Looking at Buff (and its companion for mainland China Buff163) we can see the many hoops owners must jump through in order to see cash back in their bank account. All the details can be found on this FAQ but we’ll give a quick overview. In order to really use this marketplace you need to go through KYC, which on the surface of it is somewhat ridiculous. Requiring people to go through the same process required to buy securities on Robinhood, open a bank account, or sling shitcoins on a centralized exchange to trade video game gun skins is the very definition of Kafkaesque. Once you are KYC’d you can deposit funds into your account to buy skins. The fees on deposits vary but are as high as 4.6%. For buyers, there is no fee however the seller eats 2.5% on every transaction. When it comes to actually cashing out you get hit with more fees here as well. Buff supports two different payment processors (both of whom have a 1% fee), plus your bank may charge you various other fees in order to process the transaction. Finally, any cash out is subject to the typical delay that moving money via traditional financial rails takes.
As if that weren’t enough pain, Valve delivers a final kick in the nuts via a 7 day cool off for newly acquired digital assets at an account level before those assets can be traded again. That is right, dear reader, you are not allowed to transfer assets you buy for 7 days. This may be a good countermeasure to speculators but it takes away freedom from asset owners in the process. A fair question to ask around digital assets that are purely cosmetic is who honestly cares if they are heavily speculated on? They have no impact on winning or playing the game. If people want to trade them then so be it. Clearly Valve has taken a different approach here but for those of us who are used to digital ownership in web3 this is a tough pill to swallow.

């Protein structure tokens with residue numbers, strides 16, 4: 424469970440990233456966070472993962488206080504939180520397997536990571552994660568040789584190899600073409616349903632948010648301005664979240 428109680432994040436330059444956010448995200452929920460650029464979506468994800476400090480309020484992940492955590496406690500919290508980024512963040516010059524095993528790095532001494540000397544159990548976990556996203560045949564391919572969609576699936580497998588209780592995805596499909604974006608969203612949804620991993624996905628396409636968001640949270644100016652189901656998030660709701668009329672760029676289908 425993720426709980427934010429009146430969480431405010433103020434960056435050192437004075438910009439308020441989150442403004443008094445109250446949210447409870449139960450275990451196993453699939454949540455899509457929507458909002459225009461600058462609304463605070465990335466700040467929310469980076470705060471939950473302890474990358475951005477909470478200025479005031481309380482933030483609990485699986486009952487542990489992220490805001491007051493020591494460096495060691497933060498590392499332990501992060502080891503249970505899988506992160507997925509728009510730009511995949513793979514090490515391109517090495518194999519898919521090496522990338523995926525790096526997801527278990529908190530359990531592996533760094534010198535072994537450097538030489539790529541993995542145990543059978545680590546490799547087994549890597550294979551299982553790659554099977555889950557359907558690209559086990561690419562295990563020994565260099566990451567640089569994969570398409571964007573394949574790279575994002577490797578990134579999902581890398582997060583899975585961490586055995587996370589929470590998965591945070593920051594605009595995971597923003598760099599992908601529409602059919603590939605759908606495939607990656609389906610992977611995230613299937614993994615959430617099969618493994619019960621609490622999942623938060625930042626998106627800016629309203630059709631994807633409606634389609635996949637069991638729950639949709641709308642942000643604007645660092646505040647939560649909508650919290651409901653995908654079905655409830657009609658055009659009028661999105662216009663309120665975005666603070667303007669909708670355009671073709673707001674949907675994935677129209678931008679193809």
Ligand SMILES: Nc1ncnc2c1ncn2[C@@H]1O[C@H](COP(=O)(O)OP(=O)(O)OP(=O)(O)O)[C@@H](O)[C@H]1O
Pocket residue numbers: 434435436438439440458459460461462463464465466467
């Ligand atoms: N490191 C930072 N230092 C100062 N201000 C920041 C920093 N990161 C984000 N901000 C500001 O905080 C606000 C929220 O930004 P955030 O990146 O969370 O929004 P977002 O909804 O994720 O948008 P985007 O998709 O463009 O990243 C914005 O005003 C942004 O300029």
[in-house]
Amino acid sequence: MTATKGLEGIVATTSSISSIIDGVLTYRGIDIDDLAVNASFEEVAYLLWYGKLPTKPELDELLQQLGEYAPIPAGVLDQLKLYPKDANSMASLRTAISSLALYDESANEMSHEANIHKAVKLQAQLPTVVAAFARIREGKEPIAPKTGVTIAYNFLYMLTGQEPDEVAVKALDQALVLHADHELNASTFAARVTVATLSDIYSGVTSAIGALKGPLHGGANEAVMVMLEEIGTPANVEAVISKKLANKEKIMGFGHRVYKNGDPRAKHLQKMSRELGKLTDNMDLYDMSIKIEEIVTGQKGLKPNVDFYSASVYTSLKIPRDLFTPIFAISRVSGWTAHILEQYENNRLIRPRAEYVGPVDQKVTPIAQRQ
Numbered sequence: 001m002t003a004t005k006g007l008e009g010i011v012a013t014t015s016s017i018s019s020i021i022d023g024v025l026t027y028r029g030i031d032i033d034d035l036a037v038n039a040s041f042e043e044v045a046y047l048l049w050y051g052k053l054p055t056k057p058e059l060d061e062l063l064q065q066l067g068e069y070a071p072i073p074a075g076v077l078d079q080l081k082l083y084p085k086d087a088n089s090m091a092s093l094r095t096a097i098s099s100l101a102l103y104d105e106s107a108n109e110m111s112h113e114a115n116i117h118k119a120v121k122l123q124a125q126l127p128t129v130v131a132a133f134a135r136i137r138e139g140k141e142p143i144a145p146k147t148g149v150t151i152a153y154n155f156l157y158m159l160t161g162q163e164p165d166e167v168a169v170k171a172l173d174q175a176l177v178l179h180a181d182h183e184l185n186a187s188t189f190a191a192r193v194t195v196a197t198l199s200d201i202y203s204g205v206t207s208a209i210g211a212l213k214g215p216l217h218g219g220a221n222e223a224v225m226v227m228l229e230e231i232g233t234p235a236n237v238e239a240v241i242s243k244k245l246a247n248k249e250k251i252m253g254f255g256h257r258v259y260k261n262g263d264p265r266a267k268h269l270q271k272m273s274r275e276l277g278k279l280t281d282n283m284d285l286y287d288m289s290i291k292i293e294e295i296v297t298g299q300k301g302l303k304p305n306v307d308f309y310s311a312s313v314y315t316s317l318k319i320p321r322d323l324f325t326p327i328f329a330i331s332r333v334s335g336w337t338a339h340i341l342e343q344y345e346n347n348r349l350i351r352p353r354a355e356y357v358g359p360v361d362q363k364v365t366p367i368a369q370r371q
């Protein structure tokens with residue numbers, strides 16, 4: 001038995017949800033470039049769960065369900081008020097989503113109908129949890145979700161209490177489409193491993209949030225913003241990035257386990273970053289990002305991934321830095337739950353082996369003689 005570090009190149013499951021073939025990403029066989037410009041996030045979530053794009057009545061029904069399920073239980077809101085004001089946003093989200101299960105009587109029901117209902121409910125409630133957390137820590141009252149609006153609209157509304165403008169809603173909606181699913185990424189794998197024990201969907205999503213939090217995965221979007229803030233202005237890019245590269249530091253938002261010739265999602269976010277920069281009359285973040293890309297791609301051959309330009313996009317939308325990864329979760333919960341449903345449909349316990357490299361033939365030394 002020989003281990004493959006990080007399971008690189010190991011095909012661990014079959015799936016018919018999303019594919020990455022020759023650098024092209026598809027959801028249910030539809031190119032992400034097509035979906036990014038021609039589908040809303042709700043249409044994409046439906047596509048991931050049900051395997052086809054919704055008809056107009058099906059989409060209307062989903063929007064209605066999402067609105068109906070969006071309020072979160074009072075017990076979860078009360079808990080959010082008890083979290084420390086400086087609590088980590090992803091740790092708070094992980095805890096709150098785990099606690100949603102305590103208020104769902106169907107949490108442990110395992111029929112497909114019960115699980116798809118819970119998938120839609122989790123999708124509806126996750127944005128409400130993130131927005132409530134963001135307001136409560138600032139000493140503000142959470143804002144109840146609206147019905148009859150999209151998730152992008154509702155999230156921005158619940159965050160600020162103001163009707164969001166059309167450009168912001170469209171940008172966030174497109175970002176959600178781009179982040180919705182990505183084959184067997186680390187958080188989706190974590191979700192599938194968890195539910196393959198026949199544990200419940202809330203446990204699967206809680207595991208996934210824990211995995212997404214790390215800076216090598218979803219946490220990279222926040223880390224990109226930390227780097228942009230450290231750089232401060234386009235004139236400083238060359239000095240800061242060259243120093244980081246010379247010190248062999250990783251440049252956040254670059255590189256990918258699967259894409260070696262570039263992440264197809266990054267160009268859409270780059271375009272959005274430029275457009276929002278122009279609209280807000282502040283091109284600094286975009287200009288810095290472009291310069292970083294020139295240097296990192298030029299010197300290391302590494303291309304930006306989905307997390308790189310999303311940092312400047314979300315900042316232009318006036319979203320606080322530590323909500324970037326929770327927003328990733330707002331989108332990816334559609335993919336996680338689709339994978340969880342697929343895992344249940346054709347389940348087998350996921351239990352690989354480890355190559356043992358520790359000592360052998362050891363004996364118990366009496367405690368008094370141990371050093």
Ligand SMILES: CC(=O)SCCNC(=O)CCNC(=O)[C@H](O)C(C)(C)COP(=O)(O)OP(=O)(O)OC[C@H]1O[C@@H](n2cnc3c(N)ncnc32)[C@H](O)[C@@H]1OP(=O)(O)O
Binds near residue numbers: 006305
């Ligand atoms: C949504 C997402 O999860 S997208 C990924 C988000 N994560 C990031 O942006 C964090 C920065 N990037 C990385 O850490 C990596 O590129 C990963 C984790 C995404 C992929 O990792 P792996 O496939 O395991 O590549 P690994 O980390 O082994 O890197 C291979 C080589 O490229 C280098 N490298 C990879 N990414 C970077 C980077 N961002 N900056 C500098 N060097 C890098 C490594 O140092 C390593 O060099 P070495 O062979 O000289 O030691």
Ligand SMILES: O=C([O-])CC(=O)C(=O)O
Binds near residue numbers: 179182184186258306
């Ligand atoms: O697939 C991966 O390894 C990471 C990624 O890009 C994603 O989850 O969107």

Risks + Opportunities
When I consider web2 games that leverage digital assets and have some kind of ownership model (official or otherwise) they tend to be centered around semi-fungible items – skins, cards, etc – rather than fungible ones like in-game currencies. I find this instructive as to where the risks and opportunities lie both for developers and gamers. On the opportunity side it is beyond obvious that gamers already spend billions of dollars on digital assets. Battlepasses, DLC, in-game currencies, skins, etc. This is the beauty of bringing web3 into gaming – there isn’t a need to change consumer behavior.
Games like CS:GO just further prove this. I’d argue that Valve could potentially make even more money leveraging blockchain technology due to decreasing friction, increasing ownership, and adding in a greater layer of transparency around things like rarity. You get all these things for free when leveraging public blockchains (like Ethereum and its Layer 2 scaling solutions) and existing token standards for representing digital ownership natively on the web (such as ERC-1155). I can easily see a “Web2.5” middle ground where developers look to mint semi-fungible digital assets on public blockchain while still maintaining their existing web2 payment and monetization rails that have been so successful in getting gamers to actually spend dollars.